BERLIN (AA) – Germany’s far-right politicians shared xenophobic conspiracies and provocative messages on social media following the massive fire at Notre Dame Cathedral in Paris on Monday. </p> <p> Alice Weidel, co-chairwoman of far-right party Alternative for Germany (AfD), speculated on Twitter that the Notre Dame fire could be an attack targeting Christians, although French authorities ruled out arson or any terror-related motive. </p> <p>Weidel claimed that in February alone 47 attacks were recorded in France that targeted Christians and their churches. </p> <p>AfD lawmaker Anton Friesen tried to exploit the Notre Dame fire to propagate the party’s anti-Muslim narrative. </p> <p>“Worse would happen if we lose our religion and culture to Islam. The mosque of Notre Dame can soon be a reality faster than one may think,” he tweeted. </p> <p>The AfD’s local branch in the western city of Solingen spread false information online soon after the fire, further stoking fear of Muslims and immigrants in Germany. </p> <p>“Attacks against traditional symbols of Christianity would significantly increase in the coming years and we all know why! #NoIslam #Germany,” the AfD’s local branch posted on Facebook.</p> <p>The far-right Alternative for Germany (AfD), which is the largest opposition party at the parliament, has intensified its anti-Islam rhetoric ahead of European Parliament elections in May.</p> <p>Germany has witnessed growing Islamophobia and hatred of migrants in recent years triggered by the propaganda of the AfD and other far-right parties, which have exploited fears over the refugee crisis and terrorism.</p> <p>Police recorded 813 hate crimes against Muslims last year. At least 54 Muslims were injured in the attacks, which were carried out mostly by far-right extremists.</p> <p>Germany, a country of over 81 million people, has the second-largest Muslim population in Western Europe after France. Among the country’s nearly 4.7 million Muslims, 3 million are of Turkish origin.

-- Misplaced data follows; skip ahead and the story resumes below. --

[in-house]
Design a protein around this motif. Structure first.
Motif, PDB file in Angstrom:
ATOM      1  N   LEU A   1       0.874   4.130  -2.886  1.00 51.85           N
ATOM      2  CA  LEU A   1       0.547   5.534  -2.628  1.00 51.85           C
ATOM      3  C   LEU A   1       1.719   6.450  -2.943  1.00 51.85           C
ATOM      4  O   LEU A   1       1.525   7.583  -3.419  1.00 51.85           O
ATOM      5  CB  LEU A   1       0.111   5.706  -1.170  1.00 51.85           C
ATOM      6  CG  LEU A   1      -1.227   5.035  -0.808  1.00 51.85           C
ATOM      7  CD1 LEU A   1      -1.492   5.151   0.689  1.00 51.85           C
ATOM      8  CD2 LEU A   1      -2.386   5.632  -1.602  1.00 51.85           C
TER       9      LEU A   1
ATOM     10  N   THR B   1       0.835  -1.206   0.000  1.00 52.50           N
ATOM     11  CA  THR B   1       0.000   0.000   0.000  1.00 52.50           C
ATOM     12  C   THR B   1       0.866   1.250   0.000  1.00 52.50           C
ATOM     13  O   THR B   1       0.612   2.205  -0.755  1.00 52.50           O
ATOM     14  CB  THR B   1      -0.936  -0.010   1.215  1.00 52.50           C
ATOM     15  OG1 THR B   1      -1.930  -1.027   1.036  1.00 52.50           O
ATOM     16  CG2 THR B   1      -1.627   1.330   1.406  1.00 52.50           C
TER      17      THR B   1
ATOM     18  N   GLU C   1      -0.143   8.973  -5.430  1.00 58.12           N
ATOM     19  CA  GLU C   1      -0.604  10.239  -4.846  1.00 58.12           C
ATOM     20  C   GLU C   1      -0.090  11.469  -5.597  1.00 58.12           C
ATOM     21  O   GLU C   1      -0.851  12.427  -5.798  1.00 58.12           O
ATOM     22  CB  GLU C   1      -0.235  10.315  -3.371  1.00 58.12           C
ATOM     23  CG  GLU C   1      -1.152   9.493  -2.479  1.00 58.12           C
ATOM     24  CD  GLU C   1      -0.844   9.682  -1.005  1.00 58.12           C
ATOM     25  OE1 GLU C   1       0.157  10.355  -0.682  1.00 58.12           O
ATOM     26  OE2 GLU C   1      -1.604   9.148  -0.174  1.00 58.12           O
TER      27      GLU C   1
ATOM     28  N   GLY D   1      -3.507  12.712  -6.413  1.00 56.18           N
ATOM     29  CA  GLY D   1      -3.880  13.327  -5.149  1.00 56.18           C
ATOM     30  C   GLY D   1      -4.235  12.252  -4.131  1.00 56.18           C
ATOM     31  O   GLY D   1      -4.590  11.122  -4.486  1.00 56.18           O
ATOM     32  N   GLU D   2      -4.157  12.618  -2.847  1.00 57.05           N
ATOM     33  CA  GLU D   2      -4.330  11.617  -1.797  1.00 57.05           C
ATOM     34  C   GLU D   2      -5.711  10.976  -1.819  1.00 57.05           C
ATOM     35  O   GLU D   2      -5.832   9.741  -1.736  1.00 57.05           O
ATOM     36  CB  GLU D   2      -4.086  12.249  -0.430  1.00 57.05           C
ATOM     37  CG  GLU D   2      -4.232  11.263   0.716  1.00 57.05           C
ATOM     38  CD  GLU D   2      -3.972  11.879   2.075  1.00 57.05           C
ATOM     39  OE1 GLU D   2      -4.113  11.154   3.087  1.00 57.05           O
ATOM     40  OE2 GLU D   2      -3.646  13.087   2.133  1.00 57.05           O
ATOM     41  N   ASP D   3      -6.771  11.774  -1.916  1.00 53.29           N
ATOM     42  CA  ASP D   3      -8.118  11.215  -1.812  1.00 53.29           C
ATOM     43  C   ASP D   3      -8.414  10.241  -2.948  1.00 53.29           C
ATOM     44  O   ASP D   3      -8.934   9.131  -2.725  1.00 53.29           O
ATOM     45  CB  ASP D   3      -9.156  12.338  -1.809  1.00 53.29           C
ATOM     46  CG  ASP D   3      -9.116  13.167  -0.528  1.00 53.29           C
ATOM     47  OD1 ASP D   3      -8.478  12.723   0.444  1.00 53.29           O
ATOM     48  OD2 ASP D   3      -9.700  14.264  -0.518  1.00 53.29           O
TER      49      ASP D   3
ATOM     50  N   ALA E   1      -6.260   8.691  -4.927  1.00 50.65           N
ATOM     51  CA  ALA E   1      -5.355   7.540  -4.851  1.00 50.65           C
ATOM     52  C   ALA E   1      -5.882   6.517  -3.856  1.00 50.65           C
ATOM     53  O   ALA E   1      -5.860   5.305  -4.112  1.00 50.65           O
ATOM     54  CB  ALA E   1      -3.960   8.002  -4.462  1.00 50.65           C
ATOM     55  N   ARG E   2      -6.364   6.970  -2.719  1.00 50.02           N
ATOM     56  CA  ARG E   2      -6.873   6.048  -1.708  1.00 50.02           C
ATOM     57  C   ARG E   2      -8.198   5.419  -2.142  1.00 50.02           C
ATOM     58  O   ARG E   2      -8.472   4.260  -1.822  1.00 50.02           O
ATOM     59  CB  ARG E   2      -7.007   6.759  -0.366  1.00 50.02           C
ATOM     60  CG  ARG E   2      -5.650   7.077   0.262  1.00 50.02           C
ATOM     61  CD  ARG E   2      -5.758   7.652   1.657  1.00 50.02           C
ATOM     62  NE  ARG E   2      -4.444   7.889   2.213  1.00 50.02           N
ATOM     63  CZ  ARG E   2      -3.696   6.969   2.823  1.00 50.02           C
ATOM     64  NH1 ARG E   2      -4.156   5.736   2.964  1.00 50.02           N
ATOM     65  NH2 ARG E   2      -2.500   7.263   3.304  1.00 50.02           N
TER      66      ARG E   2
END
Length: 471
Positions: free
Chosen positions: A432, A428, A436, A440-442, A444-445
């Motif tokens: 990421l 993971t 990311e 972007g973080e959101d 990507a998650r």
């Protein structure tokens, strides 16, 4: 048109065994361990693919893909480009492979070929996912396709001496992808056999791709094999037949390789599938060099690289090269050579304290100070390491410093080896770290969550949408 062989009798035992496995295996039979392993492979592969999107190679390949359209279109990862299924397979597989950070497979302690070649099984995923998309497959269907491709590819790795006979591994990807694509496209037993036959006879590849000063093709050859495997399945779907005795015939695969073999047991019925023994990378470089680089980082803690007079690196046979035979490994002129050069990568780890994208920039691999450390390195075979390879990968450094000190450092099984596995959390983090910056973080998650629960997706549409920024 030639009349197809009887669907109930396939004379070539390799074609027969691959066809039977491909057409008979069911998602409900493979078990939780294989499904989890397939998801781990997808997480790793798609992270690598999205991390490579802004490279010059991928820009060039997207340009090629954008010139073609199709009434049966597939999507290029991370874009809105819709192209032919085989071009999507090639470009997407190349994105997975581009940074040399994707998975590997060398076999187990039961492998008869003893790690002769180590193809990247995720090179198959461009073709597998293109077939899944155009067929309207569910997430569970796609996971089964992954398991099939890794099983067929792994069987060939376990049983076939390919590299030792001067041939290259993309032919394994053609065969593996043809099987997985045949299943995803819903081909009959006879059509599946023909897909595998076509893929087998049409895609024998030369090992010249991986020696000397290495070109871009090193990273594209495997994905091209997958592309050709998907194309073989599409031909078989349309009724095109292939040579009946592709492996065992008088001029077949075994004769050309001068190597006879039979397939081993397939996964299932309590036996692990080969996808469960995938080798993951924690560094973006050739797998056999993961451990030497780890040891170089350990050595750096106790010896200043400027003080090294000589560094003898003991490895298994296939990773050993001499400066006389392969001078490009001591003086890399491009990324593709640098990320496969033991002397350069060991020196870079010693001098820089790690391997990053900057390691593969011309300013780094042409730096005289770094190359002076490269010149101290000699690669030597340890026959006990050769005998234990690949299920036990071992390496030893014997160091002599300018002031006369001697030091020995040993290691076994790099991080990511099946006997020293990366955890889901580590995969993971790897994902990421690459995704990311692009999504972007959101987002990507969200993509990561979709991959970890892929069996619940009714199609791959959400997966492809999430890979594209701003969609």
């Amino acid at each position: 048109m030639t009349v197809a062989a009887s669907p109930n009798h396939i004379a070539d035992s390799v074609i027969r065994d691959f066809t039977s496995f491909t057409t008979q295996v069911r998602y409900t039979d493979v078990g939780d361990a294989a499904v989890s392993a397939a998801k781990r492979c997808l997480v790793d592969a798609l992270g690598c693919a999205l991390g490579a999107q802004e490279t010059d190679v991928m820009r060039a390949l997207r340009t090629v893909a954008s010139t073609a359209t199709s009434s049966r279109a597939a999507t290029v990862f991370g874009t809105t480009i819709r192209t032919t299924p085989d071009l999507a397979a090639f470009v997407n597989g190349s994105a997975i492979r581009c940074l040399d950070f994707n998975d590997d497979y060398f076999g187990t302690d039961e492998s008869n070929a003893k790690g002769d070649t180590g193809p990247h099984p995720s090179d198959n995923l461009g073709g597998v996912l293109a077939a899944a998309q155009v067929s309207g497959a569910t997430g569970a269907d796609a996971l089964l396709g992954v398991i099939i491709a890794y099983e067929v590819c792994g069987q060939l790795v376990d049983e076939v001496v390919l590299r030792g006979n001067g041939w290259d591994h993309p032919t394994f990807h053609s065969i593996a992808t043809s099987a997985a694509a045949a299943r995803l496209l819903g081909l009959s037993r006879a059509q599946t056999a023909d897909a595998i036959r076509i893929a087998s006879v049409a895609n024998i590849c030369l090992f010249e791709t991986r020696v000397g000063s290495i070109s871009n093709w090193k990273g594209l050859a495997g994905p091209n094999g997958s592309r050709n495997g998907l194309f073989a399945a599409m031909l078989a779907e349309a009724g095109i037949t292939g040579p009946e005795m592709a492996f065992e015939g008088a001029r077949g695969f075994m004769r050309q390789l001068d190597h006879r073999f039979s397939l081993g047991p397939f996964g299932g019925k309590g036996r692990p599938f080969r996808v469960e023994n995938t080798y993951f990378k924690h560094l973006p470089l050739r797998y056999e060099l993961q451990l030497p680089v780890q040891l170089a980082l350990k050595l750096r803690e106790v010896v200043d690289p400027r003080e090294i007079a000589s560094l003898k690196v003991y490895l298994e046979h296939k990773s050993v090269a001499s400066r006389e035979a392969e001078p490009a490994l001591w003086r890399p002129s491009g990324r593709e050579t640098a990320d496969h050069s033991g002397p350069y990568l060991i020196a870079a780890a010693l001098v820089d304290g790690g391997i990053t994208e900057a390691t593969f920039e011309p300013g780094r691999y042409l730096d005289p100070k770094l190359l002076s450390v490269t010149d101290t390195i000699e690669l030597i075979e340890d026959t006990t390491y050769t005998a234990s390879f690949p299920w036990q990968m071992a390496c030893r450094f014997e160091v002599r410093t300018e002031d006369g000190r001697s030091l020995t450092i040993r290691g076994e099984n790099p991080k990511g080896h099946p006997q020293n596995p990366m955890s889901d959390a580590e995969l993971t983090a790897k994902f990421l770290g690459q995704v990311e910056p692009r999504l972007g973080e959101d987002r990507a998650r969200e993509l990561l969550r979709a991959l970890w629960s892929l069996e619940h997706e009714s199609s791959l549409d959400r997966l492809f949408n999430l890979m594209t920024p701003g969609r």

Muslim woman wearing headscarf attacked in Berlin

BERLIN (AA) – A suspected far-right extremist verbally and physically assaulted a Muslim woman at a Berlin metro station, police said on Monday.</p> <p>The incident was the latest in a string of xenophobic attacks in the German capital in recent months targeting people of foreign appearance, including Muslim women with headscarf or Jews wearing a kippah. </p> <p>The 33-year old Muslim woman told police on Sunday that a man uttered racial slurs and later assaulted her at the Greifswalder metro station. </p> <p>The suspected far-right extremist showed the illegal Nazi salute before running away from the scene, she said.</p> <p>The woman received medical treatment for her injuries, according to the police.</p> <p>Germany has witnessed growing violence by far-right extremists in recent years, fuelled by the propaganda of neo-Nazi groups and the Islamophobic AfD party. </p> <p>Every day, at least three people become a victim of far-right, racist or xenophobic acts of violence in Germany, according to the VBRG, an umbrella group of counseling centers for victims of right-wing violence.